§ 11. Mr. DAY
asked the Home Secretary whether he has now received the Report from the Commissioner of Police upon the incidents which happened with regard to the disturbances at the meeting of the British Union for the Abolition of Vivisection at Caxton Hall on the 20th June; whether he has considered this Report; and can he now make a statement upon it?
§ 36. Mr. BOYCE
asked the Home Secretary whether he has received representations in regard to the disturbances at the meeting of the British Union for the Abolition of Vivisection, at Caxton Hall, on 20th June, and the alleged refusal of the police officers present to turn out the organised disturbers of the meeting unless the entire hall was emptied; whether any instructions were given to the police officers in question by his Department; and will he consider taking some steps whereby pubic meetings called for lawful purposes shall receive the necessary police protection to carry out the purpose for which such meetings are convened?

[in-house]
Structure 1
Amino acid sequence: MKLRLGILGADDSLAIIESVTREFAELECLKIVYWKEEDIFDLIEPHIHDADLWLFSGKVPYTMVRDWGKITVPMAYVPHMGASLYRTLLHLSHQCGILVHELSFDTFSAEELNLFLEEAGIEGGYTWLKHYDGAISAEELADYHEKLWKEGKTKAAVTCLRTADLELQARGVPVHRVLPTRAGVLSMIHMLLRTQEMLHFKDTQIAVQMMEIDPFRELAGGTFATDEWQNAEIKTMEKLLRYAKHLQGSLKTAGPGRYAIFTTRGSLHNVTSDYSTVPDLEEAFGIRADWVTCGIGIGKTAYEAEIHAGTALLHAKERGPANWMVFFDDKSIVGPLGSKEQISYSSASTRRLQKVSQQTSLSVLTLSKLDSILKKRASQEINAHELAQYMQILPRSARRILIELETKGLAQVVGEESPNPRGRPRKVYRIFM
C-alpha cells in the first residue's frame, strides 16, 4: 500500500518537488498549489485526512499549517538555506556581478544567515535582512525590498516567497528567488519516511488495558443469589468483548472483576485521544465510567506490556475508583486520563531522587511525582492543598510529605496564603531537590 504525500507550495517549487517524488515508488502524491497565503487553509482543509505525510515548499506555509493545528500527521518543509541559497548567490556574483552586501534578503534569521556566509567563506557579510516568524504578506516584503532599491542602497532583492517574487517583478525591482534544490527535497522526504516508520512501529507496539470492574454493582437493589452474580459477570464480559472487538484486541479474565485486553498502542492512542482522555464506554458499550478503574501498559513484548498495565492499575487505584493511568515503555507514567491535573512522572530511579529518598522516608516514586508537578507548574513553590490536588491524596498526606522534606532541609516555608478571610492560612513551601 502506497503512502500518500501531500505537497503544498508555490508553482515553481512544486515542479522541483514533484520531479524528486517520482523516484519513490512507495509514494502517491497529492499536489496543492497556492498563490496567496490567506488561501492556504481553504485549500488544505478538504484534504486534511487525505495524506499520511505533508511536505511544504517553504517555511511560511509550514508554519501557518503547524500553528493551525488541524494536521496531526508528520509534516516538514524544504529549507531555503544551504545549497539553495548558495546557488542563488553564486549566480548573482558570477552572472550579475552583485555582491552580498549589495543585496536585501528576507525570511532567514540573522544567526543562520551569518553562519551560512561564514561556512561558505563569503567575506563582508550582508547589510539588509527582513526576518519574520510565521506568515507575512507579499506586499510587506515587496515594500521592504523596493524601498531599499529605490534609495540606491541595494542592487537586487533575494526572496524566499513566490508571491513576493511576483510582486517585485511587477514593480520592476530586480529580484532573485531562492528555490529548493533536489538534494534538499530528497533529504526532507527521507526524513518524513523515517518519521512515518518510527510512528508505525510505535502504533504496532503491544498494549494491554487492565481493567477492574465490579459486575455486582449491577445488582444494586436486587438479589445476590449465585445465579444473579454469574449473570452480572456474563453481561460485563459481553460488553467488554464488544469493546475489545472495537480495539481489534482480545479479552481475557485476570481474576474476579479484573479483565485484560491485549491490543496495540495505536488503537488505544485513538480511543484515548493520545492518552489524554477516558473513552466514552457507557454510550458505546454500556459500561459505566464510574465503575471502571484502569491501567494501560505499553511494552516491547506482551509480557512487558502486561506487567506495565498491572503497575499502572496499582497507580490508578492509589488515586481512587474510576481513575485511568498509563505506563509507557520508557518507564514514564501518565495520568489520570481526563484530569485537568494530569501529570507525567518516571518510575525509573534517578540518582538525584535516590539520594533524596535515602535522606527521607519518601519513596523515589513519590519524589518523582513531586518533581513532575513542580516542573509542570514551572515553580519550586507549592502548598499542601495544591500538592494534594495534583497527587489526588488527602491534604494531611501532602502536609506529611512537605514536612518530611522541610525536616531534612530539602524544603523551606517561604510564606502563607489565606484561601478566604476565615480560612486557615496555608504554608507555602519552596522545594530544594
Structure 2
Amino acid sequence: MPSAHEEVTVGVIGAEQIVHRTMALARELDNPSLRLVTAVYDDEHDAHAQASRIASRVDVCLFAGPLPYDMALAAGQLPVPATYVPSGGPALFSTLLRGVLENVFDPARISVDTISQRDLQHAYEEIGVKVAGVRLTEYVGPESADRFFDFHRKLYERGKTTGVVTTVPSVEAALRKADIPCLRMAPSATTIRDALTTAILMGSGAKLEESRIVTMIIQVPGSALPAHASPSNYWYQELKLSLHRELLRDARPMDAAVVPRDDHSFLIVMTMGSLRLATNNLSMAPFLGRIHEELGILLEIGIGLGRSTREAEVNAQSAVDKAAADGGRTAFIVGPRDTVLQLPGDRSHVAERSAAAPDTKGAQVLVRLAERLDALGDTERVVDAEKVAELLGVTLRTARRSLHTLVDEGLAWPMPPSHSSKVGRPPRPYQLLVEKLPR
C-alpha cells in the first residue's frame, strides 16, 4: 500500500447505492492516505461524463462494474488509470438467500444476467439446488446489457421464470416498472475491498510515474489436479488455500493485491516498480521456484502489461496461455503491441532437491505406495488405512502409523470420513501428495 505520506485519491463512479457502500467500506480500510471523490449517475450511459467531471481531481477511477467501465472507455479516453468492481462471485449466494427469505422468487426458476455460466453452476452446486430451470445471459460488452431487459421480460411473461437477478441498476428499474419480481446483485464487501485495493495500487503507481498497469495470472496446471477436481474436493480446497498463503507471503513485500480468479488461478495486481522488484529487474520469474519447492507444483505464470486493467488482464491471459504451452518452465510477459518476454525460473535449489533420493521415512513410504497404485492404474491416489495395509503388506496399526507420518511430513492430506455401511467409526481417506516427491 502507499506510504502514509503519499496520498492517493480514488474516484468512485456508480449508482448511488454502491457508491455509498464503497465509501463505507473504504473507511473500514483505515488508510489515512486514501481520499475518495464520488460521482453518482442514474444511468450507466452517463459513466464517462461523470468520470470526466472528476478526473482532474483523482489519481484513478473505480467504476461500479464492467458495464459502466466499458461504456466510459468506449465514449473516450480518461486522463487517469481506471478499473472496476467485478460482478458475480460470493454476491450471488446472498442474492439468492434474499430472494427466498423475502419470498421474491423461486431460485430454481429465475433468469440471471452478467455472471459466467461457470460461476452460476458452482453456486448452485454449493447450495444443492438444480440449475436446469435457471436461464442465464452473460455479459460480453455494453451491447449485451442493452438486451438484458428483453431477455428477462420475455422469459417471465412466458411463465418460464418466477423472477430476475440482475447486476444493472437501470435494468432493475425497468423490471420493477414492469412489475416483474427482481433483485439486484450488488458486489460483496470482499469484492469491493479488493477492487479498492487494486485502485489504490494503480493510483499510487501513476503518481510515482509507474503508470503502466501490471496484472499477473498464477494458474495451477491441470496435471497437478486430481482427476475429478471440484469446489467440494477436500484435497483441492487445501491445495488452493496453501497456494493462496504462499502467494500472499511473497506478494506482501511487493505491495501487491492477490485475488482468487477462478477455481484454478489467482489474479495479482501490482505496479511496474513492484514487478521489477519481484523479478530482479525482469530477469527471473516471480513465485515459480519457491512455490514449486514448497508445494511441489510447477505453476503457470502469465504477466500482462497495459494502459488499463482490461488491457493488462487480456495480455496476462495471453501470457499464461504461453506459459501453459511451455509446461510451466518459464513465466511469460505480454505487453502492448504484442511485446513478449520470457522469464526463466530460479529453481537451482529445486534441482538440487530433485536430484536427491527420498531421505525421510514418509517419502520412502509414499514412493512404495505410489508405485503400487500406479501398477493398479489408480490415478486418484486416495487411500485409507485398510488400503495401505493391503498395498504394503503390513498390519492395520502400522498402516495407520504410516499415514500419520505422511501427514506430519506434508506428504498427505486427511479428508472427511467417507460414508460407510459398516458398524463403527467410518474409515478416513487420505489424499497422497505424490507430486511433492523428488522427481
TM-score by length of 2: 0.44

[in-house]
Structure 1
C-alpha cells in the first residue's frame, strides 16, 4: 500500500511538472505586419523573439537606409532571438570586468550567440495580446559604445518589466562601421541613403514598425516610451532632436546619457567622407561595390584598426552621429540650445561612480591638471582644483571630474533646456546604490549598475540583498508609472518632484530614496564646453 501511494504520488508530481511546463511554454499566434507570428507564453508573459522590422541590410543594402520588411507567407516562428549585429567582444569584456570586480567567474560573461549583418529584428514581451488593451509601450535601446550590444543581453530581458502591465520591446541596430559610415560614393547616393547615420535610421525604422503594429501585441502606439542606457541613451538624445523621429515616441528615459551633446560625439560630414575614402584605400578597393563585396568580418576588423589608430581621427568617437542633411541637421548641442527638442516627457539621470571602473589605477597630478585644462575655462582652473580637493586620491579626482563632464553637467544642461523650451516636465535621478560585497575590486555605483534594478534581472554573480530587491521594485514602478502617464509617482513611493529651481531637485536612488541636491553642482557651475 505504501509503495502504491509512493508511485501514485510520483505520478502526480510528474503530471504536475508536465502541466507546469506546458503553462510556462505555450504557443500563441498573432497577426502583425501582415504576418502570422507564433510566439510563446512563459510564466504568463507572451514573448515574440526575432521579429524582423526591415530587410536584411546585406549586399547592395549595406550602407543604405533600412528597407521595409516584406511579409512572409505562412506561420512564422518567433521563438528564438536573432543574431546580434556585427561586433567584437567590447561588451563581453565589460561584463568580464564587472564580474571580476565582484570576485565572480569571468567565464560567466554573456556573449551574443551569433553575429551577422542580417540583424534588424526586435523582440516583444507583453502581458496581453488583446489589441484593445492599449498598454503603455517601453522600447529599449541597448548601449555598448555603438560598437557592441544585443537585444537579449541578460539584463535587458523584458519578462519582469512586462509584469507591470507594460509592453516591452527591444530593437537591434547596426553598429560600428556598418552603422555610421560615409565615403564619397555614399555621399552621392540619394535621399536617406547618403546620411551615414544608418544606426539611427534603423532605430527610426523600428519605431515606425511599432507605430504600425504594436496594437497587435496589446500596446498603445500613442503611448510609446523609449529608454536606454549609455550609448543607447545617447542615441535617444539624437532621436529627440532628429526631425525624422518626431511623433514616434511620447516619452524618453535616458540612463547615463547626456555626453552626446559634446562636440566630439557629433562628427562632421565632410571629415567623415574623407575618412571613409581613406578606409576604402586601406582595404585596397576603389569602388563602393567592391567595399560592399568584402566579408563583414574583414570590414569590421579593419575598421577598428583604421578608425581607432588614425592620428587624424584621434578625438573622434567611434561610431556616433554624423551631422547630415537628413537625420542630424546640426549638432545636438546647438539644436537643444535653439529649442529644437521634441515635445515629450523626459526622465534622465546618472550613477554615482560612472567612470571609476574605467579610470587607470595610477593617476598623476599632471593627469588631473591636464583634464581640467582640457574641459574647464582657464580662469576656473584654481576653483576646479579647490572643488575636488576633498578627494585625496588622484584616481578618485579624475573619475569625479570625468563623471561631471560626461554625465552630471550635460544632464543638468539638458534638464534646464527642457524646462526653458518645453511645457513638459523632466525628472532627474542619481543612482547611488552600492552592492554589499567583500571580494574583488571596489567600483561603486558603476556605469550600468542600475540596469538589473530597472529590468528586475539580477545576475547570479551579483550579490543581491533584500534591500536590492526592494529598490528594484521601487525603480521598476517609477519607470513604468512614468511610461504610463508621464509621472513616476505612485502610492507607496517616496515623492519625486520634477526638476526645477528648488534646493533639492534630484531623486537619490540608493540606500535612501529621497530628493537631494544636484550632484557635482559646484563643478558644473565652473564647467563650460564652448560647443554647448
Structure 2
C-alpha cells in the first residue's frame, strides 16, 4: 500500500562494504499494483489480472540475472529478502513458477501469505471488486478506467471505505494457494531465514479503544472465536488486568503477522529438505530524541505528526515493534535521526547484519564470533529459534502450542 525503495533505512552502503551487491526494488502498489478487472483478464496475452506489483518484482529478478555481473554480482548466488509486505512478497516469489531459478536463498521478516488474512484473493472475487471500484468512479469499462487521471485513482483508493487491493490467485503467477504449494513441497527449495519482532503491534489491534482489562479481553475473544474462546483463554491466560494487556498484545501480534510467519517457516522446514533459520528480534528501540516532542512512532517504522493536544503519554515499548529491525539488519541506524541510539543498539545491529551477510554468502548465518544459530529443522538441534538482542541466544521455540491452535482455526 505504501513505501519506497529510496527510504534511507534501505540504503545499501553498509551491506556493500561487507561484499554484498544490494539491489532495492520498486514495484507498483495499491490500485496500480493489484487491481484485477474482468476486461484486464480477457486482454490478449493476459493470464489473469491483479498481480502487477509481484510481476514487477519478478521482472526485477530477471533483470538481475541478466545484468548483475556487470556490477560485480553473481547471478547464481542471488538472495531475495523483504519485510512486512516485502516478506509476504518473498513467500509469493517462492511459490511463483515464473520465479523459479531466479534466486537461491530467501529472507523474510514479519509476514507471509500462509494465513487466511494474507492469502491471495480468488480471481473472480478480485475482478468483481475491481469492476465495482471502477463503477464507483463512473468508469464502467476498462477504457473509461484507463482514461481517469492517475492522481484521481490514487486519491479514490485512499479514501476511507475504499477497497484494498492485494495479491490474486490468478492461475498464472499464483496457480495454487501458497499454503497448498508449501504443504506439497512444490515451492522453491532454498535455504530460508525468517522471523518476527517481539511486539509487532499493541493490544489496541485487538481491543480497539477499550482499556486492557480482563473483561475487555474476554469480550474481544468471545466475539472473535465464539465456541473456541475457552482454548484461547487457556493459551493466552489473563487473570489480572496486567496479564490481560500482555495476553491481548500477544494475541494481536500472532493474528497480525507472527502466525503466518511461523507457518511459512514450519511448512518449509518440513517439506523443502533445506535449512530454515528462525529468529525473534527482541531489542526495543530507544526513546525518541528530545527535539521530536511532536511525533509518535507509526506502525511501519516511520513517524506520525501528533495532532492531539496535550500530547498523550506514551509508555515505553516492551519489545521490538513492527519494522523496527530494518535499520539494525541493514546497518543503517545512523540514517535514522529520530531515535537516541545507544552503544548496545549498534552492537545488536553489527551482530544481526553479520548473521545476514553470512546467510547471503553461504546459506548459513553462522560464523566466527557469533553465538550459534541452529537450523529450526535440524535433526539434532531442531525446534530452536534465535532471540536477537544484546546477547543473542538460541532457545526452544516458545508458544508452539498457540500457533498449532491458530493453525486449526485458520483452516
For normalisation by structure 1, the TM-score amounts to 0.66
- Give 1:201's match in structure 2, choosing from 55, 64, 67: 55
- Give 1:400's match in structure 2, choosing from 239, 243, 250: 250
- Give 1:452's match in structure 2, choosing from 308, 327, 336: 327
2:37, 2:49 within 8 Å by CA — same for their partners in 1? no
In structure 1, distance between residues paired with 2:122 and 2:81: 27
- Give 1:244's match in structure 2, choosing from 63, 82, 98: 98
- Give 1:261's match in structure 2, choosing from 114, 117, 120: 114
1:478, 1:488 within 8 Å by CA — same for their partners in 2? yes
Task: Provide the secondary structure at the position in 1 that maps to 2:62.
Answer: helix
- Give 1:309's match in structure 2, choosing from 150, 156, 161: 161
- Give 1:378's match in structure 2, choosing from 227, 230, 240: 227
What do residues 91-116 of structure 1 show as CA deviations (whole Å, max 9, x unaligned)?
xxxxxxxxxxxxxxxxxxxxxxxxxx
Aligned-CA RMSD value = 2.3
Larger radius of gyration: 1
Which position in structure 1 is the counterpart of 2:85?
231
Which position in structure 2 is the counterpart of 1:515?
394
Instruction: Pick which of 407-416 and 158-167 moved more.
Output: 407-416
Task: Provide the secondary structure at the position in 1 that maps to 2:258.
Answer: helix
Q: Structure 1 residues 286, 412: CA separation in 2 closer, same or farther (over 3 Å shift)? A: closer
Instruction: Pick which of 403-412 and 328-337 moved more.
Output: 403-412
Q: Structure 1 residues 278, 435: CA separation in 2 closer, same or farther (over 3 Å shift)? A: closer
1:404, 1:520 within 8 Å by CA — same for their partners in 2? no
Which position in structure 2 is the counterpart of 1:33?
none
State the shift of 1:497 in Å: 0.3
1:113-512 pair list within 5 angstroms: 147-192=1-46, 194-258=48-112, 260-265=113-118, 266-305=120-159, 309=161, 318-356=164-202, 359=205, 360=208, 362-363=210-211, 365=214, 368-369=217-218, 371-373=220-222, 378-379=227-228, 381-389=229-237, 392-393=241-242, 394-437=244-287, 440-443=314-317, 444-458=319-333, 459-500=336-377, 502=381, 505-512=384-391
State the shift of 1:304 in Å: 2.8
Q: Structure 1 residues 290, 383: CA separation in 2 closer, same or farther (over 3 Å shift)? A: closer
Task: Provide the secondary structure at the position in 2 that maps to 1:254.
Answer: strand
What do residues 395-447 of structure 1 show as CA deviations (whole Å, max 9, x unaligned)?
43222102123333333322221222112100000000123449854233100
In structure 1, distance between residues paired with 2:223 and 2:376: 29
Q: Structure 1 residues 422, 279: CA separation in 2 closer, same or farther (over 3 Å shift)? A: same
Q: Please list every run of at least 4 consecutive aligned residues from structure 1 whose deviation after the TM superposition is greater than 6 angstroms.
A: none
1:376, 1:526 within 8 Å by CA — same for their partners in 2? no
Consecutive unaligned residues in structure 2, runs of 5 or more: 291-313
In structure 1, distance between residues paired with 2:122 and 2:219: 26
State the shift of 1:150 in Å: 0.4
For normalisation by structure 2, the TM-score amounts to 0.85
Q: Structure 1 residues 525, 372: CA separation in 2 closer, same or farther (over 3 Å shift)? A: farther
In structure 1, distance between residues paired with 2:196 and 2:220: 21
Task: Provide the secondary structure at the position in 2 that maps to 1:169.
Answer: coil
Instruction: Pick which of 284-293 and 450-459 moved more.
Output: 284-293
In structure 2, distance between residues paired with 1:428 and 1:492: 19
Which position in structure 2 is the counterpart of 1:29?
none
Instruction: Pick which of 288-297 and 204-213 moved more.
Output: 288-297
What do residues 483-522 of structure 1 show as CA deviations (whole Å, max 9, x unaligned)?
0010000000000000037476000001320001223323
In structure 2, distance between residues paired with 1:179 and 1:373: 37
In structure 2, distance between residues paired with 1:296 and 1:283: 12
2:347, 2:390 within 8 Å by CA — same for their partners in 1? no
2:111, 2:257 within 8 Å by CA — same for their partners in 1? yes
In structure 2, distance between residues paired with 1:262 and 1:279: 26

§ Mr. CLYNES
I have now received a Report from the Commissioner of Police regarding the meeting in question. The duty of police who may be present at public meetings is to prevent so far as possible any breach of the peace, and no special instructions were required or given on this occasion. It must be recognised that the task of the officer in charge in such cases is often a difficult one, as precipitate action is just as Likely to provoke complaint as undue delay. The Commissioner of Police is satisfied, however, after considering a large number of statements made by persons who were present, 597 that the officer in charge of the detachments sent to this meeting committed an error of judgment in not acting sooner. The Commissioner has taken appropriate action with respect to the officer concerned, and has communicated fully with the union named in the question.
§ Mr. THURTLE
Will the right hon. Gentleman make known to the police his desire that the utmost rigour of the law may be applied to these unruly students?